Lecture 8 - ECONOMICS 100B Professor Steven Wood Lecture 8 ASUC Lecture Notes Online is the only authorized note-taking service at UC Berkeley Do

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ECONOMICS 100B Professor Steven Wood 02/10/11 Lecture 8 ASUC Lecture Notes Online is the only authorized note-taking service at UC Berkeley. Do not share, copy, or illegally distribute (electronically or otherwise) these notes. Our student-run program depends on your individual subscription for its continued existence. These notes are copyrighted by the University of California and are for your personal use only. D O N O T C O P Y Sharing or copying these notes is illegal and could end note taking for this course. ANNOUNCEMENTS: Problem Set 2 has been posted on bSpace and is due at the beginning of class next Tuesday, February 15. LECTURE Today’s lecture is a continuation of Tuesday’s lecture and examines the Solow Growth Model further, completing Chapter 6. Solow Growth Model: Steady State Recall that the Solow Growth Model combines the per-worker production function: Y/L = A 0 f( K / L), the per-worker saving/investment function: I/L = s 0 A 0 f( K t / L t ), and the per-worker balanced investment function: I b /L = ( δ 0 + g L0 )K/L. This is under the assumption that A is constant, so g A = 0. Based on this, we know that in the steady state, the growth rate of the economy is the same as the growth rate of the labor force, so g Y = g L . Likewise, the growth rate of capital is the same as the growth rate of the labor force, so g K = g L . Thus, during the steady state, g Y = g K = g L . Disequilibrium Suppose (K/L) 1 < (K/L) S , so the economy is below its steady state. This can happen if a natural disaster destroys a country’s capital stock, or if there is a sudden increase in the labor force (substantial immigration causing capital dilution). Both will result in a decrease in K/L. From the following graph, we can see that there is an adjustment mechanism that will move the economy back to its steady state. If (K/L) 1 < (K/L) S , then at (K/L) 1 , we can see that investment is greater than balanced investment, I/L > I B /L. Whenever investment is greater than balanced investment, capital accumulation occurs, so K/L will increase until K/L = (K/L) S . We end up back at the original steady state. Now let’s suppose that (K/L) 1 > (K/L) S , so that the economy is above its steady state. This can happen if a disease kills off a large part of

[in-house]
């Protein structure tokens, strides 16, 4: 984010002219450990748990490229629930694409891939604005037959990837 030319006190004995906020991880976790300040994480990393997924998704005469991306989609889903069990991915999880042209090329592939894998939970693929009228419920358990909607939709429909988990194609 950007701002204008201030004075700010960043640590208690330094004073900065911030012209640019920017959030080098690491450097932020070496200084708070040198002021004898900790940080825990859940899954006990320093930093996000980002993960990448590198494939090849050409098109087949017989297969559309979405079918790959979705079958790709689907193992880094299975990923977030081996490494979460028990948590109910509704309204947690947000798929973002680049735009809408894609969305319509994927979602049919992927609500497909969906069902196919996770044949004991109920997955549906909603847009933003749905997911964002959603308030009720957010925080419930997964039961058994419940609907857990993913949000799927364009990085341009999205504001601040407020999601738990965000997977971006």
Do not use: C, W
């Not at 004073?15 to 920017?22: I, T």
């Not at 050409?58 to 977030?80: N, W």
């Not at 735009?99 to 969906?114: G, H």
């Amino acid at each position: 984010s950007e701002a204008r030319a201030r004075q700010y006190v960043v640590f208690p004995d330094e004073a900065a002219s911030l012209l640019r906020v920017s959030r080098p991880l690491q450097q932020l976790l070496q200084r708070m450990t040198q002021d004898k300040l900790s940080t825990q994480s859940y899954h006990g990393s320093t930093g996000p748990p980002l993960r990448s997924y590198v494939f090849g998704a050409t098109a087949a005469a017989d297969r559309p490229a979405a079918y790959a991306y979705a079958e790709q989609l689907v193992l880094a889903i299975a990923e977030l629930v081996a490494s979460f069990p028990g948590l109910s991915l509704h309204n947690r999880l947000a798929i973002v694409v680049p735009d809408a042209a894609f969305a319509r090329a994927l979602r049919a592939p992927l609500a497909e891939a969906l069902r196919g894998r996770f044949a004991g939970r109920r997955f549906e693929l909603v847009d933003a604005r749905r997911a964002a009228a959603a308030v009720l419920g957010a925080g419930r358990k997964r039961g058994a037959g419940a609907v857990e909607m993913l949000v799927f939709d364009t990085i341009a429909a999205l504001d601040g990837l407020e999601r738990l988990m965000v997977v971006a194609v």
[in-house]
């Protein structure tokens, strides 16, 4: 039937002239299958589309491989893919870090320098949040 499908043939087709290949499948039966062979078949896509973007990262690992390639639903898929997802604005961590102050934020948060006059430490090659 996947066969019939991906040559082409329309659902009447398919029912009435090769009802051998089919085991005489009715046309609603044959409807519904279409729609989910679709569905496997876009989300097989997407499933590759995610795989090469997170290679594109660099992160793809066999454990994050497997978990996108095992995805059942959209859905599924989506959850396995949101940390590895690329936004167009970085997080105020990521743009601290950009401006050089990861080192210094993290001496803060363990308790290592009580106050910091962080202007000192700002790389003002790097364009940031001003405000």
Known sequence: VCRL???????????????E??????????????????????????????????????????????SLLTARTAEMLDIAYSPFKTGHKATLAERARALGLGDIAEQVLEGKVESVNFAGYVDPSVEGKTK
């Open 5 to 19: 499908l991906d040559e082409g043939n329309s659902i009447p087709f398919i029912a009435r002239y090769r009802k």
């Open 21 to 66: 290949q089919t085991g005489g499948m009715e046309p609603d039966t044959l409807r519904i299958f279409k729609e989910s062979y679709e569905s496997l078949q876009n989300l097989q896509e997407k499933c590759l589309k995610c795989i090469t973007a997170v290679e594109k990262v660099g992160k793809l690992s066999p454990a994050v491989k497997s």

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This note was uploaded on 02/06/2012 for the course ECON 100A taught by Professor Woroch during the Fall '08 term at University of California, Berkeley.

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Lecture 8 - ECONOMICS 100B Professor Steven Wood Lecture 8 ASUC Lecture Notes Online is the only authorized note-taking service at UC Berkeley Do

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